One Hollywood storyline repeatedly strikes box-office gold: a handful of work colleagues lament the limitations of the company that employs them, and they together convert their frustrations into a bold leap to independence – a move which (after many dramatic twists) leads to astounding success. What's notable is that a somewhat similar storyline is playing out in real life, with increasing frequency, right here in the financial advice industry.
In 2016, more than 400 teams – each formerly part of a large financial institution – made the break to form independent registered investment advisor (RIA) firms.* In the wealth management sector, independence is attractive and is one major reason why the once-fledgling RIA model has become the fastest-growing structure among traditional wealth management firms. In fact, by 2018, the RIA model is projected to achieve a 28% asset market share.*
To better understand the real-life dynamics behind this trend, we recently interviewed the leaders of three successful breakaway firms for our "Secrets Behind Success" video series.
These three firms could not be more different on the surface: one has offices in several different cities, another is headquartered in a small midwestern city, and the last serves clients in a densely populated northeastern city. And yet, based on my working relationships with numerous breakaway RIAs in recent years, their catalysts for action have similarities that reflect three common themes:
- Seeking to Prioritize Client Service – By nature, large financial institutions must establish a myriad of rules to ensure consistency and compliance across a broad universe of advisors. The trade-off, of course, is that some advisors may not feel they have the flexibility or decision-making authority to address specific client issues. At the core, these advisors are driven by a desire to better serve their clients. For Jack Petersen, Founder and Managing Partner of Summit Trail Advisors, the event that triggered his movement toward independence was a complaint call from a client.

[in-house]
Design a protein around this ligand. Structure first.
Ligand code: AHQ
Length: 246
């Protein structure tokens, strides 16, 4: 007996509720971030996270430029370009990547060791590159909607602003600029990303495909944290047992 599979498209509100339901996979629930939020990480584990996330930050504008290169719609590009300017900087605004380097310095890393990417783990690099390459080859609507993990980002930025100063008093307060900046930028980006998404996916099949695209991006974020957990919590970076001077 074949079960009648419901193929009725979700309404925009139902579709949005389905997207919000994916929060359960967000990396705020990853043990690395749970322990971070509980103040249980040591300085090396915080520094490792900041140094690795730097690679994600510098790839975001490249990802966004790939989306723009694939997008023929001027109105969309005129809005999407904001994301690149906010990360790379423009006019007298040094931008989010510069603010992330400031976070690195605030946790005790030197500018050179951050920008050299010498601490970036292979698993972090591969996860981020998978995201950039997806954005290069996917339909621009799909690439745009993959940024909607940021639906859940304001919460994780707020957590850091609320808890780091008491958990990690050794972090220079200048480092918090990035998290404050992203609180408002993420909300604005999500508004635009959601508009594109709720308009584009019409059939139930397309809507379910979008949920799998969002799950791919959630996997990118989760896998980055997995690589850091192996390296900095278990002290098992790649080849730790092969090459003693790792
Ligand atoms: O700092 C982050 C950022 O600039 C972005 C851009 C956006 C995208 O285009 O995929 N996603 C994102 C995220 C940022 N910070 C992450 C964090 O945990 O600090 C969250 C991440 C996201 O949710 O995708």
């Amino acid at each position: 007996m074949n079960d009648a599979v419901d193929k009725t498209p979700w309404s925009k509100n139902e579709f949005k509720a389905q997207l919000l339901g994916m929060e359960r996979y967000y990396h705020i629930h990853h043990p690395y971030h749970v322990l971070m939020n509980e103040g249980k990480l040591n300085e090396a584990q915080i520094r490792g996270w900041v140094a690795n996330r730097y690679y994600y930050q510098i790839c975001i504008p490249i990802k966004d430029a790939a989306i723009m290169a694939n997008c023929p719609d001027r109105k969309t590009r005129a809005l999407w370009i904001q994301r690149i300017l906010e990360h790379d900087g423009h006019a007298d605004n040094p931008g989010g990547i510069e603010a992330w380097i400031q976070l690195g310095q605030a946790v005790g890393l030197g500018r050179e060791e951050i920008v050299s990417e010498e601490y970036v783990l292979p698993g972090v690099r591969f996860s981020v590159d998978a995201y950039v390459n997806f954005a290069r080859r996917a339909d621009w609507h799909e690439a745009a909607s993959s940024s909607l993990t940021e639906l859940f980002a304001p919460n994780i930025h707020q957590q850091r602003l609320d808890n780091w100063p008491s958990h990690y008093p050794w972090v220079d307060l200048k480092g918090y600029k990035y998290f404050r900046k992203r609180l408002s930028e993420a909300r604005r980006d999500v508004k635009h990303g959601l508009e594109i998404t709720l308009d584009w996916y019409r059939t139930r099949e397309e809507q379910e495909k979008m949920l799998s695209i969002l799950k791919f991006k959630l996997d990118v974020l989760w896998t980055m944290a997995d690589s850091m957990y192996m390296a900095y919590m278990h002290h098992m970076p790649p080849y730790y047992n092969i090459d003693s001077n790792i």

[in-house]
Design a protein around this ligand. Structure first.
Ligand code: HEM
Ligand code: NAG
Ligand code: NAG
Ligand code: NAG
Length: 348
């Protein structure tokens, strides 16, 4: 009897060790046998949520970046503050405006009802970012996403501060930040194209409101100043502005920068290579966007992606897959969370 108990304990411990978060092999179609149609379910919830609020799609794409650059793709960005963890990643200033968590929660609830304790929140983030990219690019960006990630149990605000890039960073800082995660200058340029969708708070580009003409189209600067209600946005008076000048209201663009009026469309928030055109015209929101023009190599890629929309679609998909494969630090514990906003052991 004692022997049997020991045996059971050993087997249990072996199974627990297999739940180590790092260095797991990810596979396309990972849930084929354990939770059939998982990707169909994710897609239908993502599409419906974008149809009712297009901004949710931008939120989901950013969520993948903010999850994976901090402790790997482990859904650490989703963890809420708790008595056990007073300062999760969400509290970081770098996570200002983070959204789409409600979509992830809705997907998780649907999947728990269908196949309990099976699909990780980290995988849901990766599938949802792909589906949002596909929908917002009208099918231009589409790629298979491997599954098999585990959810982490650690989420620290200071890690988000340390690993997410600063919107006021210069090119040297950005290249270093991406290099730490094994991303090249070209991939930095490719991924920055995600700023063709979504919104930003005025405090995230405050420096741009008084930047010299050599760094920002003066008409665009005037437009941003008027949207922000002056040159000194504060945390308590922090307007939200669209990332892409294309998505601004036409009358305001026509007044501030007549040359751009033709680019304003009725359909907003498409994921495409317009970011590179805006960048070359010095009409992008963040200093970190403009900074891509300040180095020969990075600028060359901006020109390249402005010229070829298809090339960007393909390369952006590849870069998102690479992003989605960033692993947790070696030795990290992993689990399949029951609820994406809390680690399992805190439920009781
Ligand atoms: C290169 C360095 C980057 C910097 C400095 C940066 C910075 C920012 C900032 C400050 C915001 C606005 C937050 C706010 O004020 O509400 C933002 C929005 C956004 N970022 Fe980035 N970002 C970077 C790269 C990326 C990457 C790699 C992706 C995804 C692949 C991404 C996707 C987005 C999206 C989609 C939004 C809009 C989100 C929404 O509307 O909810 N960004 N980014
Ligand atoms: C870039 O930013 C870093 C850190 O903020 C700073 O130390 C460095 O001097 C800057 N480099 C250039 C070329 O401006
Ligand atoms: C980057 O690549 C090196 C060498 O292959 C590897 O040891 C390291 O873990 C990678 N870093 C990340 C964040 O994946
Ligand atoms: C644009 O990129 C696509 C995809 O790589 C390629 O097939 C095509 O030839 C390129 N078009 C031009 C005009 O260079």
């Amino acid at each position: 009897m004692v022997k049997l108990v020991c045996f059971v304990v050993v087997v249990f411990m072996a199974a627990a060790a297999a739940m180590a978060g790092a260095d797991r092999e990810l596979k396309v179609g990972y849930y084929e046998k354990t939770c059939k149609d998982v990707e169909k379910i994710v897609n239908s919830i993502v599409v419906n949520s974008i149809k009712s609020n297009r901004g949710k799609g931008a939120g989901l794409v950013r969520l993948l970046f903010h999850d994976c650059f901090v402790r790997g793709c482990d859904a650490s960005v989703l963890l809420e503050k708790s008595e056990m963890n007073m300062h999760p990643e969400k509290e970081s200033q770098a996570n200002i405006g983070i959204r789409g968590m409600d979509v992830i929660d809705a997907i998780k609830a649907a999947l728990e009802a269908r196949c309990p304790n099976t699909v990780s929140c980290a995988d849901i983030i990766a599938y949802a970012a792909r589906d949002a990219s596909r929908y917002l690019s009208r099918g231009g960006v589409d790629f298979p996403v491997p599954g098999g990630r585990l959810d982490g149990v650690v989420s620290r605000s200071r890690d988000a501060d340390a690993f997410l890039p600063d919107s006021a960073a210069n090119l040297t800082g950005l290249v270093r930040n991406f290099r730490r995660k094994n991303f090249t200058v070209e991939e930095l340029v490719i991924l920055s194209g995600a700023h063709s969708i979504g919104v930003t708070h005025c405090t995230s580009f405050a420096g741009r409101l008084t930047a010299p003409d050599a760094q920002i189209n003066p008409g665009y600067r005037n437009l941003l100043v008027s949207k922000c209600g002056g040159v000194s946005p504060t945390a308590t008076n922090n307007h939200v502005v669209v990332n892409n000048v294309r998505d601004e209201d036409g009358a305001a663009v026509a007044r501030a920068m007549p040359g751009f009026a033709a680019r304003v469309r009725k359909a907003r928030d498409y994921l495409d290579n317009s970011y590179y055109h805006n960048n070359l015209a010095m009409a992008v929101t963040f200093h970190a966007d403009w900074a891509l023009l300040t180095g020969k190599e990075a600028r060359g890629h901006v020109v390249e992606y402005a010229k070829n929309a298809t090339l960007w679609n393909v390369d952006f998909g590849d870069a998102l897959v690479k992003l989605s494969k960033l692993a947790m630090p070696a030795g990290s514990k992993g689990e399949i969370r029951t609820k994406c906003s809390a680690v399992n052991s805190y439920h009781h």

- Stepping Back and Taking Stock of Career Goals – Some advisory professionals remain with large financial firms simply because they have mastered the company's business processes and culture. They are comfortable – so they may never pause to carefully consider their actual goals. For Margaret Dechant, CEO and Partner of 6 Meridian, the spark that led her and her team to break away was ignited about two years ago when a consultant asked a deceptively simple question: “What do you want to be and where do you want to go?”
- Seeking to Make Client Relationships and Transparency Preeminent – At the most basic level, the move to an RIA model involves three critical shifts: from a product focus to an advisory focus, from a suitability standard to a fiduciary standard, and from a commission-based to a fee-only compensation model. Each shift translates to a more transparent, trusting relationship. For Michael Piotrowicz, President and Senior Client Advisor of Legacy Advisors, the impulse to break free came when he weighed the significant advantages and legacy the independent RIA model could provide.
As you'll see in parts two and three of our Secrets Behind Success video series, the first steps toward independence are critically important, as are actions taken in the first 90 days. Stay tuned for more videos in this series, which highlight critical topics impacting leading advisory firms today.
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About the author
Sean Keenan is Director of Business Development at BNY Mellon's Pershing Advisor Solutions. In this role, he leads a team of business development officers who are responsible for the execution and delivery of Pershing's strategic institutional initiatives, including: growing existing RIA market share, recruiting breakaway teams and partnering with family offices, as well as delivering the BNY Mellon enterprise to help Pershing's clients develop their businesses. Mr. Keenan spent nearly a decade as a Director at Ameritrade Holding Corporation, and also served as Vice President of Sales for Fidelity Institutional Wealth Services. He earned a degree in Business Administration from the University of Nebraska at Omaha.
Current video links for quick reference:
Making the Break
The first 90 days
*InvestmentNews Research, 2016
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